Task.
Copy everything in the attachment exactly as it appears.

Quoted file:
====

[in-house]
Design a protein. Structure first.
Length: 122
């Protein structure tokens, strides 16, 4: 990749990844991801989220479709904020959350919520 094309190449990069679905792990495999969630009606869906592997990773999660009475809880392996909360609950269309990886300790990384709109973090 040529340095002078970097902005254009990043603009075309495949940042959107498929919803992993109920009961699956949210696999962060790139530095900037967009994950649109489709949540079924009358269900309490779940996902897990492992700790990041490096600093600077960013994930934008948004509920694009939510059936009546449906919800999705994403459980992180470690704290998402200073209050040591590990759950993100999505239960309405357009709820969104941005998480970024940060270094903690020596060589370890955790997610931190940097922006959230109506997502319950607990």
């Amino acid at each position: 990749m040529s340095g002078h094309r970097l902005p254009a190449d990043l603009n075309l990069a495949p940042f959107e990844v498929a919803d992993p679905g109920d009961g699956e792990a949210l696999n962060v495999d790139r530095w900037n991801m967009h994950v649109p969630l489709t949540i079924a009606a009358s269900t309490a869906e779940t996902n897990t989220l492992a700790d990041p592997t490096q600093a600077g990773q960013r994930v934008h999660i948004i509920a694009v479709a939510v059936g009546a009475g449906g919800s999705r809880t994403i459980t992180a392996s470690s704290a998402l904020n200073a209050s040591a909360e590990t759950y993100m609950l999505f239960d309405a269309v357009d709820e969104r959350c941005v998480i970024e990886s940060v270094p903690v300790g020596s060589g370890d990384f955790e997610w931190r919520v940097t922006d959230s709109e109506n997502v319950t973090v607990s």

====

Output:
[in-house]
Design a protein. Structure first.
Length: 122
């Protein structure tokens, strides 16, 4: 990749990844991801989220479709904020959350919520 094309190449990069679905792990495999969630009606869906592997990773999660009475809880392996909360609950269309990886300790990384709109973090 040529340095002078970097902005254009990043603009075309495949940042959107498929919803992993109920009961699956949210696999962060790139530095900037967009994950649109489709949540079924009358269900309490779940996902897990492992700790990041490096600093600077960013994930934008948004509920694009939510059936009546449906919800999705994403459980992180470690704290998402200073209050040591590990759950993100999505239960309405357009709820969104941005998480970024940060270094903690020596060589370890955790997610931190940097922006959230109506997502319950607990």
């Amino acid at each position: 990749m040529s340095g002078h094309r970097l902005p254009a190449d990043l603009n075309l990069a495949p940042f959107e990844v498929a919803d992993p679905g109920d009961g699956e792990a949210l696999n962060v495999d790139r530095w900037n991801m967009h994950v649109p969630l489709t949540i079924a009606a009358s269900t309490a869906e779940t996902n897990t989220l492992a700790d990041p592997t490096q600093a600077g990773q960013r994930v934008h999660i948004i509920a694009v479709a939510v059936g009546a009475g449906g919800s999705r809880t994403i459980t992180a392996s470690s704290a998402l904020n200073a209050s040591a909360e590990t759950y993100m609950l999505f239960d309405a269309v357009d709820e969104r959350c941005v998480i970024e990886s940060v270094p903690v300790g020596s060589g370890d990384f955790e997610w931190r919520v940097t922006d959230s709109e109506n997502v319950t973090v607990s």